Photos Show Tourist Destinations Before They Became 'Dangerous'

July 5th 2016

Tricia Tongco

A global map by Indy 100 takes travel advice from the U.K. Foreign & Commonwealth Office to color-code countries into three categories of so-called safety for travelers:

  • Green: Safe to travel

  • Yellow: Against travel in some parts of the country

  • Red: Against travel in all parts of the country

Global map of most dangerous countries

The most dangerous countries are in Africa and Asia, according to the map.
Spotlight on most dangerous countries

The map assesses the danger of a country based on the perception of terrorism and corruption in them.

But it's important to remember that it's reductive to describe countries simply in terms of their "danger" to foreign visitors.

Take the Middle East in general. Americans' perception of the region is problematic and is based on news and media depictions, such as those of suicide bombings at the Ataturk International Airport in Istanbul and a terrorist attack in Baghdad.

It's also easy to forget that Westerners once viewed the Middle East, North Africa and other non-European destinations as exotic, mysterious, and adventurous places to visit (a vestige of the colonial-era stereotypes of "Orientalism.").

You can sense that from these vintage travel ads

vintage beirut ad

Palestine Line ad

Algier ad

Swiss Air ad for Middle East

Vintage Pakistan ad

Vintage Afghanistan ad

But what about reality? You can catch a glimpse of how these place actually were decades ago.

The Tumblr blog Zamaaan curates a crowd-sourced visual archive of the Arab world and the region at large as an antidote to skewed perceptions of outsiders.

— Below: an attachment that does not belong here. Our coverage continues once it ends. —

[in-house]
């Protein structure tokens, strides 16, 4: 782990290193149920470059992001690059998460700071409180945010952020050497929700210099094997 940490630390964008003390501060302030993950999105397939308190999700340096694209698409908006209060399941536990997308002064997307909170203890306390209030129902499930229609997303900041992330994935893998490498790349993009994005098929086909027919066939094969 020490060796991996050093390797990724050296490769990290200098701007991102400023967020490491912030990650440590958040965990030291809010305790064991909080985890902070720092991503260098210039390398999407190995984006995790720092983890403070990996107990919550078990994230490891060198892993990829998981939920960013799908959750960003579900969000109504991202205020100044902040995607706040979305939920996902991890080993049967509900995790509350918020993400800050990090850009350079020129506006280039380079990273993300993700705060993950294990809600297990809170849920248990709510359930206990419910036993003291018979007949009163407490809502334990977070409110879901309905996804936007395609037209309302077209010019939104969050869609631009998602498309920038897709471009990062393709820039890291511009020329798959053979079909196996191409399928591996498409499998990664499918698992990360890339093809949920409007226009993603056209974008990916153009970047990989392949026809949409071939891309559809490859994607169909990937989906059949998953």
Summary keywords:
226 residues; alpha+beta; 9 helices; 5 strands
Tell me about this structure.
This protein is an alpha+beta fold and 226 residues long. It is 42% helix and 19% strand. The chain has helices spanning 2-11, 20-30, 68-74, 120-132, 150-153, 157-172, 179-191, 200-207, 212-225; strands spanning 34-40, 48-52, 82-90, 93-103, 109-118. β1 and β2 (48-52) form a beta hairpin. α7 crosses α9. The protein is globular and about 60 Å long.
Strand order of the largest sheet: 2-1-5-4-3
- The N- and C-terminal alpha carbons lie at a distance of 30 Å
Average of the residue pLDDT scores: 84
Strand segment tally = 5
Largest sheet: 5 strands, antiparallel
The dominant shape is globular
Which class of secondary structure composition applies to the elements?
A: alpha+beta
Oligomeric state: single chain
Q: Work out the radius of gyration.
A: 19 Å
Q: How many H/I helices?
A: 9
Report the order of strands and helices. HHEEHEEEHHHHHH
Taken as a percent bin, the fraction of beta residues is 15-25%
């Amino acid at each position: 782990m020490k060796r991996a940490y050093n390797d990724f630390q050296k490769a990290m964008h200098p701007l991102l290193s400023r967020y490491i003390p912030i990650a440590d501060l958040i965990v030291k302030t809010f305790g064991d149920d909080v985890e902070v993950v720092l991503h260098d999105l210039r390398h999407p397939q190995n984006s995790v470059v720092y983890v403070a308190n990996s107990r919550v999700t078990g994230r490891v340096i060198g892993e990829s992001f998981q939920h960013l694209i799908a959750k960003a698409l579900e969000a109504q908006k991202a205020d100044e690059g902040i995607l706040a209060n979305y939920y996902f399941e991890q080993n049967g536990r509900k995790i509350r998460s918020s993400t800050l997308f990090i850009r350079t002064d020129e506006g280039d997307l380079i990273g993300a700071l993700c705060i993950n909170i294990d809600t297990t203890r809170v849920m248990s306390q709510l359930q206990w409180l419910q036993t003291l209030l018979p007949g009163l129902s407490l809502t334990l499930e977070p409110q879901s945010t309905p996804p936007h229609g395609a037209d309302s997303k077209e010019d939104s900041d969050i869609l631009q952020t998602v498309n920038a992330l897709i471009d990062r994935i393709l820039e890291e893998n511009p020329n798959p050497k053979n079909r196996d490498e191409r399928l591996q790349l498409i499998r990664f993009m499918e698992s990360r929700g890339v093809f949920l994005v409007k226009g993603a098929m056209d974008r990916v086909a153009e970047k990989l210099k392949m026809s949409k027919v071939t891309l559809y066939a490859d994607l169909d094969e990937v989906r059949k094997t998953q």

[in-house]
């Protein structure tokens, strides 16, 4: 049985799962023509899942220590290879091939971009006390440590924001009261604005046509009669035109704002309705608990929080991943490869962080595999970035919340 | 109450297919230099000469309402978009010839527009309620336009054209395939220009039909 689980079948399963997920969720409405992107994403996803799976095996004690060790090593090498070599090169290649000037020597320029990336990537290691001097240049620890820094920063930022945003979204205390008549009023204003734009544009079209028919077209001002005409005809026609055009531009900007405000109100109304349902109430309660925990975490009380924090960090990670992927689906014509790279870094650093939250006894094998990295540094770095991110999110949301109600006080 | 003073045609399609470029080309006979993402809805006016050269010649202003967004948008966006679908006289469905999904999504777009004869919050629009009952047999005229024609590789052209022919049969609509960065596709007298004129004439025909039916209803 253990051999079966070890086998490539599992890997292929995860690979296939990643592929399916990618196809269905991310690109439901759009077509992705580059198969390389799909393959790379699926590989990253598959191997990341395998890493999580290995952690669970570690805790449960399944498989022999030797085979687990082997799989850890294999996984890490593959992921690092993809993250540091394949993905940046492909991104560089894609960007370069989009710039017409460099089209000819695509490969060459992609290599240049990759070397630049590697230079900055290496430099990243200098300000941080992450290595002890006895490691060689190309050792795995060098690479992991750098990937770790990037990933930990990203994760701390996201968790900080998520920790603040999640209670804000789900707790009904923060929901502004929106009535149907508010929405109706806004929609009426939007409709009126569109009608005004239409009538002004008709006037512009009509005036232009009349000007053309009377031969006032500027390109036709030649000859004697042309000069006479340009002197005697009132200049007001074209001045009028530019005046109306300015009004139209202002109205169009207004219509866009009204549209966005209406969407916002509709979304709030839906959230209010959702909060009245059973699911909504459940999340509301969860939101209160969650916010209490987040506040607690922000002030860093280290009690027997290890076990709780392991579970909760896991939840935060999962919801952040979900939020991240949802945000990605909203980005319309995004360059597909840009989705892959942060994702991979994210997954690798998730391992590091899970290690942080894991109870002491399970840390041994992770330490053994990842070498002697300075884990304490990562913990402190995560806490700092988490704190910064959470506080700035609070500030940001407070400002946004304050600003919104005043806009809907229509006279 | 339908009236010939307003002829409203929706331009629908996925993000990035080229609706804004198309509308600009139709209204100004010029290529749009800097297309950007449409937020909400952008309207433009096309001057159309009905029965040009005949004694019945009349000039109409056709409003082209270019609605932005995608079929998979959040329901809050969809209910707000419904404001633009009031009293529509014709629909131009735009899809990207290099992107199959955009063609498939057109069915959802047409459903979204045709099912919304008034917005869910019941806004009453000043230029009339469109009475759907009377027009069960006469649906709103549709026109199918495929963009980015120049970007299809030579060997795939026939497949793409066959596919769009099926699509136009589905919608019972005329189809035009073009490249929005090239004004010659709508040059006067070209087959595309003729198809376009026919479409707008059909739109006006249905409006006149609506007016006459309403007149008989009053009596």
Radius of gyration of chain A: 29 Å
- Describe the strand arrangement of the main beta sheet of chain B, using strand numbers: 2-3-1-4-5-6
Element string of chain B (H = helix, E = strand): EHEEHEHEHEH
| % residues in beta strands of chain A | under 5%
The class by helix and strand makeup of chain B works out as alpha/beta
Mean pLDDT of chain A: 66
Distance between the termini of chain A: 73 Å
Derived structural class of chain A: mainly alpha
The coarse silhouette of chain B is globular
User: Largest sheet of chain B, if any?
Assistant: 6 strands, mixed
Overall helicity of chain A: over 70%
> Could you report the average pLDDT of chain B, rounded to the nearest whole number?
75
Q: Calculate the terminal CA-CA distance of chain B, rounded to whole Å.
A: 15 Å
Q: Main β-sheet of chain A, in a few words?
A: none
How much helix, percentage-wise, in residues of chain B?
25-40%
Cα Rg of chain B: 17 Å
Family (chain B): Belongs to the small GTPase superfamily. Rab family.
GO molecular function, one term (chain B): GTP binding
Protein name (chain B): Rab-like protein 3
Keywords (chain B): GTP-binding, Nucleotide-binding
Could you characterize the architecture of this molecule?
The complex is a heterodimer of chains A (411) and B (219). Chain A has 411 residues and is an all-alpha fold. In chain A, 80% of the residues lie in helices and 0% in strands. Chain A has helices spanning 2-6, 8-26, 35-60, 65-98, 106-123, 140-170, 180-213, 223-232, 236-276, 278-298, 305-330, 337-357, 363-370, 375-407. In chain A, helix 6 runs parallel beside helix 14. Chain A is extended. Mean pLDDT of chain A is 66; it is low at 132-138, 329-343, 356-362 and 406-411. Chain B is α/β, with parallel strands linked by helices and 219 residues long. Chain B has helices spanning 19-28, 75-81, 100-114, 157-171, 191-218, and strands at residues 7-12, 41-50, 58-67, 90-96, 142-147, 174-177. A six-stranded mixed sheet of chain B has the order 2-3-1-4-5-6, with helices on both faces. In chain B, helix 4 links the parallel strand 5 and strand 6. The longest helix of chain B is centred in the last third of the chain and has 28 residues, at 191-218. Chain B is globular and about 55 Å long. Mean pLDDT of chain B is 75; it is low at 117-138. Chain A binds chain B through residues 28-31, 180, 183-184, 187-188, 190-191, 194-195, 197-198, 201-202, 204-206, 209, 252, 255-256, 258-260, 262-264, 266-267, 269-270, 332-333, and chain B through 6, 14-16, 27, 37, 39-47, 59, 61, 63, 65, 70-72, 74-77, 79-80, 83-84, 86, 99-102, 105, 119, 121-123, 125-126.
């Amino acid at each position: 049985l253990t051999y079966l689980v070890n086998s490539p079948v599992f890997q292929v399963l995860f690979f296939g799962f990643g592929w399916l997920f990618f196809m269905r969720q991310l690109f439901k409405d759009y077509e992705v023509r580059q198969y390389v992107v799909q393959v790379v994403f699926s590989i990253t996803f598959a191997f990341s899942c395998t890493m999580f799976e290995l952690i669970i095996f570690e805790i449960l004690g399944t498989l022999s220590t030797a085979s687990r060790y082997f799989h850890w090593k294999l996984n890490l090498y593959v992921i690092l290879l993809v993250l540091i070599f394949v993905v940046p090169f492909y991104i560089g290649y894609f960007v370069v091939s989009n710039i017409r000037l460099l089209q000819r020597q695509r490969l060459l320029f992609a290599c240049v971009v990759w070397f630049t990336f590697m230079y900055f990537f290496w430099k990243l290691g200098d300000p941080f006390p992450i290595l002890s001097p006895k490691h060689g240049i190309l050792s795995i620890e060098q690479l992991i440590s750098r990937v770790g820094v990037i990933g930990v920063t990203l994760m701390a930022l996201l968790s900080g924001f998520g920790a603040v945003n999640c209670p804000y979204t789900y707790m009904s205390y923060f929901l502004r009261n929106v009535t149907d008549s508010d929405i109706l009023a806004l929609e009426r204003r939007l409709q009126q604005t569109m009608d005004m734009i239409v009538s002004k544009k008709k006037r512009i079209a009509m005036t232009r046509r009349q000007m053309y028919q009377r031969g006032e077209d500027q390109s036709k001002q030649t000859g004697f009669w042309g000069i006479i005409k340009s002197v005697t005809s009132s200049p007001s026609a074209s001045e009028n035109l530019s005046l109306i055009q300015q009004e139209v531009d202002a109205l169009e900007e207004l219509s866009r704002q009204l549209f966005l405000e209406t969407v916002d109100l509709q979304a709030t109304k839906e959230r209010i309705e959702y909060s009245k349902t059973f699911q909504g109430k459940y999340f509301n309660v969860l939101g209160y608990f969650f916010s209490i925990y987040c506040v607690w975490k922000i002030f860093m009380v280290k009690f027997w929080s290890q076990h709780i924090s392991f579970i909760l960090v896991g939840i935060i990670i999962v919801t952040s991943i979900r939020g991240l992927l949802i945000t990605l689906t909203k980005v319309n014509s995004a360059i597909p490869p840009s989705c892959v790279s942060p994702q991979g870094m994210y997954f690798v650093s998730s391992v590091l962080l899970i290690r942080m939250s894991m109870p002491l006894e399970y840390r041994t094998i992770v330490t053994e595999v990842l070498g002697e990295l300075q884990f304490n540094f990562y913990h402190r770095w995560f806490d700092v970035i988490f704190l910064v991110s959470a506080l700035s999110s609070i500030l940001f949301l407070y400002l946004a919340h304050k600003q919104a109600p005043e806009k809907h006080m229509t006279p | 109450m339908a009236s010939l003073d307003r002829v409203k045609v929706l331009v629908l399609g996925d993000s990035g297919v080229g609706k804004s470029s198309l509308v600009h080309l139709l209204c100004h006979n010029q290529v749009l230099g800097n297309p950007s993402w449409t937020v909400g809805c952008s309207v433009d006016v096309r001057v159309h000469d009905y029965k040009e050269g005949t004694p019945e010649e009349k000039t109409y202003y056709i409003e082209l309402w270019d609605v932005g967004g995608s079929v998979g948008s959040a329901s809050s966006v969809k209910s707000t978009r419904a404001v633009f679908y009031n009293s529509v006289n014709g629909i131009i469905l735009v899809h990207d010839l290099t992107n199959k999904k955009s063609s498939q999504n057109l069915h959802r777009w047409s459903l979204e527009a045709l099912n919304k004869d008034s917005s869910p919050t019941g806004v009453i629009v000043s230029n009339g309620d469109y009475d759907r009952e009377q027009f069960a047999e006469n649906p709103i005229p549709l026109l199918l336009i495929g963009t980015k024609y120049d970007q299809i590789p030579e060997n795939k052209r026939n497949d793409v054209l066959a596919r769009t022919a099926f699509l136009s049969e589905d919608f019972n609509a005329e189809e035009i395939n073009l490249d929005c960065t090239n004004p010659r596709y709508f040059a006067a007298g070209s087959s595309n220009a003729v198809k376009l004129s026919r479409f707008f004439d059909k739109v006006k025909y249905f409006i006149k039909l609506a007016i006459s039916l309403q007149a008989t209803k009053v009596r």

"The more submissions and stories we collect, the more impact we can have in shaping perceptions about the region," the site said.

Vintage Lebanon photo

1940s photo of Saudi Arabia

Bridesmaids in Kuwait

National Day in Kuwait

Amnesty International has posted images of women in Afghanistan to illustrate a history of women's rights in the country.

Americans who assume that the country is dominated by the Taliban will find these images surprising.

Amnesty International

William Podlich, an amateur photographer and professor at Arizona State University, has also posted images from the Afghani capital, Kabul, from the late 1960s, when he taught there for two years while working with UNESCO.

Podlich's daughter, Peg Podlich, put the images in perspective for The Denver Post in 2013:

“When I look at my dad’s photos, I remember Afghanistan as a country with thousands of years of history and culture,” recalls Peg Podlich. “It has been a gut-wrenching experience to watch and hear about the profound suffering, which has occurred in Afghanistan during the battles of war for nearly 40 years. Fierce and proud yet fun-loving people have been beaten down by terrible forces.”

Picture of 1960s Afghanistan

Picture of 1960s Afghanistan

Picture of 1960s Afghanistan

These photos show the reality and history of countries and places designated as "dangerous."

They should help us all realize that there's more to them than we assume.

[h/t Business Insider]